After a game one loss to the Nationals on June 2nd, the Blue Jays sat 4.5 games back of first and seven games under .500.
The criticism for this team grew by the second, and rumours began to swirl that John Gibbons may as well have kept his bags packed and stayed in Washington as a tourist.
Prime Time Sports host, Bob McCown, had the skipper out of a job before game two even began.
On the back of Pillar and his first career multi-homerun game, Toronto rallied for 10 hits and a 7-3 win over the Cy Young candidate Scherzer.
This was the start of something special.
Toronto would go on to win eleven straight, tying a franchise record for longest winning streak, and tying the MLB best in 2015.
The Blue Jays turned into the team they were supposed to be, and are now 2 games back of first in the AL East. Yes, despite popular belief that the season was already over, or that they wouldn’t be able to contend without Marcus Stroman, the offense turned in a performance night after night that would make Babe Ruth smile. Toronto had 10 or more hits in nine out of the 11 games, capped off by the series in Boston where they scored 31 runs on 43 hits.
Over the course of the streak, we saw the emergence of a team that has an opportunity to do something special this year. We saw top-to-bottom productivity from the lineup. Ryan Goins had six base knocks and nine RBI against Boston, while Chris Colabello had 13 and 8 during the entire run. Hitters who were playing under a microscope started to do the things they needed to in order to be successful, and that they were.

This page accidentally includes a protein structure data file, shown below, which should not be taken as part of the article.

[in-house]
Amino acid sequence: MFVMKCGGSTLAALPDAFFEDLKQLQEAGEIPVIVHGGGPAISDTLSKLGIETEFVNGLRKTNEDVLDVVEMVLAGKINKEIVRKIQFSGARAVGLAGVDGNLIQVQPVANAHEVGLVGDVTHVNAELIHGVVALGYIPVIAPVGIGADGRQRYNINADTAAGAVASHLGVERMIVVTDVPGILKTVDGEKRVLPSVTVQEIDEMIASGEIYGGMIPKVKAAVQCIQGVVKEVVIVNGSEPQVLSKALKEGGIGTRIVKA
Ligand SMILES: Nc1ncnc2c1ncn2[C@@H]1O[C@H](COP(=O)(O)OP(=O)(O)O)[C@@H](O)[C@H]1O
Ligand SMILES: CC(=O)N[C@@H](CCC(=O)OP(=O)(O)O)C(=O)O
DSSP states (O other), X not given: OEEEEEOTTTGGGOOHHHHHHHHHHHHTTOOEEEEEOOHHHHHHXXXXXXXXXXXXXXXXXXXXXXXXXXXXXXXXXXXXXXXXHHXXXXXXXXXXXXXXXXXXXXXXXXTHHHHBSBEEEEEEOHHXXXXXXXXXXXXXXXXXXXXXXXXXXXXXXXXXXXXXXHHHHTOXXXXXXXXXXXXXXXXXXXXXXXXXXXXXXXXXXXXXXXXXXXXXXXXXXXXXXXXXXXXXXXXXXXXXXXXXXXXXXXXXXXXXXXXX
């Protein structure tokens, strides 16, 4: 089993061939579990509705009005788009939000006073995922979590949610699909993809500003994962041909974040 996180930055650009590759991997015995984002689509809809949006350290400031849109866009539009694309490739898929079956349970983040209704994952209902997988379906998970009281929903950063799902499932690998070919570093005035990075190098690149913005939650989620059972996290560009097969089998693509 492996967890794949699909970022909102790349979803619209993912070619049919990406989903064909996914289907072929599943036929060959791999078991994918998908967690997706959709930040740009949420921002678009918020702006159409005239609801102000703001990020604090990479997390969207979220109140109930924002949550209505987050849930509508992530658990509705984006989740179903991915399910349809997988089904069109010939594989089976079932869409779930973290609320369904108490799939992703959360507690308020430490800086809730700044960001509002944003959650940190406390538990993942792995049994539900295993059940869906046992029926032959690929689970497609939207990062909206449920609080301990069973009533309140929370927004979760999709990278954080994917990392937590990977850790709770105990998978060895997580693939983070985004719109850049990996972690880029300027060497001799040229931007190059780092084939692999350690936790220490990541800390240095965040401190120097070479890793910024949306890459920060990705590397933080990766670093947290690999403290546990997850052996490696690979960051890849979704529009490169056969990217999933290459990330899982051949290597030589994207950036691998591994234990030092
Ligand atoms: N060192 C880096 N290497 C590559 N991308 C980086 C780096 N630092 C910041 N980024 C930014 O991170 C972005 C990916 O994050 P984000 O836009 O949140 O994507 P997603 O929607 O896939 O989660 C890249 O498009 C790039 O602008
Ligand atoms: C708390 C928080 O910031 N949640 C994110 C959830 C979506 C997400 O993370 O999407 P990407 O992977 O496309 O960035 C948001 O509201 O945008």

Jose Reyes‘ average popped from .265 to .300
Russell Martin‘s average popped from .267 to .285
Kevin Pillar‘s average popped from .234 to .251
The streak didn’t come easy, though. Two walk-offs, one extra inning win, one complete-game shutout, and a massive come from behind victory in Boston was the recipe for becoming the most polarizing team in baseball. What hit home for me was the unselfish play. Whether it was sitting back on an 0-2 curve to advance the runner to second, or laying out to preserve a run, both defense and offense came together and continually found a way to get the job done. Not to be lost in translation, and I know I’ve done a ton of writing about the pitching staff, but eight out of 11 wins came with the opposing team scoring four runs or less.
The walk-off celebrations in left field, the Colabello come-from-nowhere hit streaks, the Gatorade showers…like all good things, must come to an end.
Ex-Blue Jays Noah Syndergaard made sure of that when he struck out a season-high eleven batters last night. Now, i’m not quick to jump down Alex Anthopoulos’s throat for the R.A. Dickey-Syndergaard trade. At the time of the deal, Dickey was coming off a CY YOUNG season and Alex wanted to make Toronto an instant winner with Bautista and Encarnacion in their best years. Yes, hindsight is 20/20, but its tough to look at the future when there is a small window of opportunity.
This wasn’t the first time the Jays had a long winning streak snapped in heart-breaking fashion. Toronto won 9 games in a row in May of last year before a crushing 8-6 defeat at the hands of the Kansas City Royals. The game draws an eerie comparison to what happened against New York about 24 hours ago. Edwin Encarnacion drove two over the wall, much like Bautista did in last night’s loss, and both happened in extras. Todd Redmond blew it last year, then Brett Cecil last night (and he declined to talk to the media). The Blue Jays would go on to sport a 14-17 record the next month, and end up missing the playoffs for the 21st straight season. The 2014 campaign should be a learning curve. If Toronto wants to have a shot at playing meaningful baseball come September, it will be about how they react to this kind of adversity. Tonight can be a step in the right direction when Scott Copeland takes on Matt Harvey.